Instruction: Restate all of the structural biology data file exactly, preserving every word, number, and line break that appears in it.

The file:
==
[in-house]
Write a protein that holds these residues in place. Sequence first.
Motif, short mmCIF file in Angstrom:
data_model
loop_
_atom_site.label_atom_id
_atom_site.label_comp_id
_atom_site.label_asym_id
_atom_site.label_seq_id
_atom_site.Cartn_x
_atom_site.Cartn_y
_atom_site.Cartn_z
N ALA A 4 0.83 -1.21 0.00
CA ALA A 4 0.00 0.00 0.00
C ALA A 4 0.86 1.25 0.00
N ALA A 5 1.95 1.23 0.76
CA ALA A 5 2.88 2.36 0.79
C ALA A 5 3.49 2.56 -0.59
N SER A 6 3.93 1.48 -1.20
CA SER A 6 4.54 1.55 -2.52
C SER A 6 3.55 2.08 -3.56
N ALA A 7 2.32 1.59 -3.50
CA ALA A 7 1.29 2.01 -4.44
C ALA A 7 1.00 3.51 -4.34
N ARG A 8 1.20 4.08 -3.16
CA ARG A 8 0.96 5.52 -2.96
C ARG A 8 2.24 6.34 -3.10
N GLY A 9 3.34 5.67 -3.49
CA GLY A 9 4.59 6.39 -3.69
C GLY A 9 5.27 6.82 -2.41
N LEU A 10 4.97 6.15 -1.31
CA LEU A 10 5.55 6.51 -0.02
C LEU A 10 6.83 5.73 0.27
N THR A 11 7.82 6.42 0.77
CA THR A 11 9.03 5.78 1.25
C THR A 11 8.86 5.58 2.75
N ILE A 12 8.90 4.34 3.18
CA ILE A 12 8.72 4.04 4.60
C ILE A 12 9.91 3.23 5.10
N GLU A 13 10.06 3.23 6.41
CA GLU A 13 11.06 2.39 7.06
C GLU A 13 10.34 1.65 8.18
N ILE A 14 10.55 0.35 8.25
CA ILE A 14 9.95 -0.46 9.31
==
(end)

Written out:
[in-house]
Write a protein that holds these residues in place. Sequence first.
Motif, short mmCIF file in Angstrom:
data_model
loop_
_atom_site.label_atom_id
_atom_site.label_comp_id
_atom_site.label_asym_id
_atom_site.label_seq_id
_atom_site.Cartn_x
_atom_site.Cartn_y
_atom_site.Cartn_z
N ALA A 4 0.83 -1.21 0.00
CA ALA A 4 0.00 0.00 0.00
C ALA A 4 0.86 1.25 0.00
N ALA A 5 1.95 1.23 0.76
CA ALA A 5 2.88 2.36 0.79
C ALA A 5 3.49 2.56 -0.59
N SER A 6 3.93 1.48 -1.20
CA SER A 6 4.54 1.55 -2.52
C SER A 6 3.55 2.08 -3.56
N ALA A 7 2.32 1.59 -3.50
CA ALA A 7 1.29 2.01 -4.44
C ALA A 7 1.00 3.51 -4.34
N ARG A 8 1.20 4.08 -3.16
CA ARG A 8 0.96 5.52 -2.96
C ARG A 8 2.24 6.34 -3.10
N GLY A 9 3.34 5.67 -3.49
CA GLY A 9 4.59 6.39 -3.69
C GLY A 9 5.27 6.82 -2.41
N LEU A 10 4.97 6.15 -1.31
CA LEU A 10 5.55 6.51 -0.02
C LEU A 10 6.83 5.73 0.27
N THR A 11 7.82 6.42 0.77
CA THR A 11 9.03 5.78 1.25
C THR A 11 8.86 5.58 2.75
N ILE A 12 8.90 4.34 3.18
CA ILE A 12 8.72 4.04 4.60
C ILE A 12 9.91 3.23 5.10
N GLU A 13 10.06 3.23 6.41
CA GLU A 13 11.06 2.39 7.06
C GLU A 13 10.34 1.65 8.18
N ILE A 14 10.55 0.35 8.25
CA ILE A 14 9.95 -0.46 9.31